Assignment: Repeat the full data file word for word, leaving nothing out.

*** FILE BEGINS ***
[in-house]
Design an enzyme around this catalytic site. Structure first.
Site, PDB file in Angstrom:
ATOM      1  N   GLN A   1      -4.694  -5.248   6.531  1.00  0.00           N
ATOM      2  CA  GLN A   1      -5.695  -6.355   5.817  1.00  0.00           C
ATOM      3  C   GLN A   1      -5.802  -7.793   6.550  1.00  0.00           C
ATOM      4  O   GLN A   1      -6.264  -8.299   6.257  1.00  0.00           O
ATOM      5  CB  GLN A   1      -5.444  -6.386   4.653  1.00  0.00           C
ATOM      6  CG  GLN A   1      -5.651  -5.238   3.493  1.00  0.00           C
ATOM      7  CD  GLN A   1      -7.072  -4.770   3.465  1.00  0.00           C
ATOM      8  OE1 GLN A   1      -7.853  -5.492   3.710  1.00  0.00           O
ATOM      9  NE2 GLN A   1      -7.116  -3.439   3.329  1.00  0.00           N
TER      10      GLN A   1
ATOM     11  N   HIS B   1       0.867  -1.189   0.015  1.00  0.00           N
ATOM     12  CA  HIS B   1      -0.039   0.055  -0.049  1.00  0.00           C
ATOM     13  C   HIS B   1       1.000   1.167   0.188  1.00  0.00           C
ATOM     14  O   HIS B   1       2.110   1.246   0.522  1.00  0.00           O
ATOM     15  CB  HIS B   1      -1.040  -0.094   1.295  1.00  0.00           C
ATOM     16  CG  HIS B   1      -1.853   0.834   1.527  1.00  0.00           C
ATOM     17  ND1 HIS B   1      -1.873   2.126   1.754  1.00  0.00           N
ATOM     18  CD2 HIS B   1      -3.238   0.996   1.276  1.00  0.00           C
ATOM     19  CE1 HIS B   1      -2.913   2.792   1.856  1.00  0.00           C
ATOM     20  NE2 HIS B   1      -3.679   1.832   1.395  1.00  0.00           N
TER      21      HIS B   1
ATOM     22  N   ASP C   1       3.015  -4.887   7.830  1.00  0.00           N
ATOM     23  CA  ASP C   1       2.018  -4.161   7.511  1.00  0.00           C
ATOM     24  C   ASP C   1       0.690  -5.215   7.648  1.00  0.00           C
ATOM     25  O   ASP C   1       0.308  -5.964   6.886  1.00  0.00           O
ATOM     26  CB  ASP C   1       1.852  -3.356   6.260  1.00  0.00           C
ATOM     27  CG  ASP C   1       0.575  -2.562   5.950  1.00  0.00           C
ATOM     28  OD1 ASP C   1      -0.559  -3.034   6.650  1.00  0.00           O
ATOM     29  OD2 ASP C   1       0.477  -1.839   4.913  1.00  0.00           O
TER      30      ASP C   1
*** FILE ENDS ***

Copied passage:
[in-house]
Design an enzyme around this catalytic site. Structure first.
Site, PDB file in Angstrom:
ATOM      1  N   GLN A   1      -4.694  -5.248   6.531  1.00  0.00           N
ATOM      2  CA  GLN A   1      -5.695  -6.355   5.817  1.00  0.00           C
ATOM      3  C   GLN A   1      -5.802  -7.793   6.550  1.00  0.00           C
ATOM      4  O   GLN A   1      -6.264  -8.299   6.257  1.00  0.00           O
ATOM      5  CB  GLN A   1      -5.444  -6.386   4.653  1.00  0.00           C
ATOM      6  CG  GLN A   1      -5.651  -5.238   3.493  1.00  0.00           C
ATOM      7  CD  GLN A   1      -7.072  -4.770   3.465  1.00  0.00           C
ATOM      8  OE1 GLN A   1      -7.853  -5.492   3.710  1.00  0.00           O
ATOM      9  NE2 GLN A   1      -7.116  -3.439   3.329  1.00  0.00           N
TER      10      GLN A   1
ATOM     11  N   HIS B   1       0.867  -1.189   0.015  1.00  0.00           N
ATOM     12  CA  HIS B   1      -0.039   0.055  -0.049  1.00  0.00           C
ATOM     13  C   HIS B   1       1.000   1.167   0.188  1.00  0.00           C
ATOM     14  O   HIS B   1       2.110   1.246   0.522  1.00  0.00           O
ATOM     15  CB  HIS B   1      -1.040  -0.094   1.295  1.00  0.00           C
ATOM     16  CG  HIS B   1      -1.853   0.834   1.527  1.00  0.00           C
ATOM     17  ND1 HIS B   1      -1.873   2.126   1.754  1.00  0.00           N
ATOM     18  CD2 HIS B   1      -3.238   0.996   1.276  1.00  0.00           C
ATOM     19  CE1 HIS B   1      -2.913   2.792   1.856  1.00  0.00           C
ATOM     20  NE2 HIS B   1      -3.679   1.832   1.395  1.00  0.00           N
TER      21      HIS B   1
ATOM     22  N   ASP C   1       3.015  -4.887   7.830  1.00  0.00           N
ATOM     23  CA  ASP C   1       2.018  -4.161   7.511  1.00  0.00           C
ATOM     24  C   ASP C   1       0.690  -5.215   7.648  1.00  0.00           C
ATOM     25  O   ASP C   1       0.308  -5.964   6.886  1.00  0.00           O
ATOM     26  CB  ASP C   1       1.852  -3.356   6.260  1.00  0.00           C
ATOM     27  CG  ASP C   1       0.575  -2.562   5.950  1.00  0.00           C
ATOM     28  OD1 ASP C   1      -0.559  -3.034   6.650  1.00  0.00           O
ATOM     29  OD2 ASP C   1       0.477  -1.839   4.913  1.00  0.00           O
TER      30      ASP C   1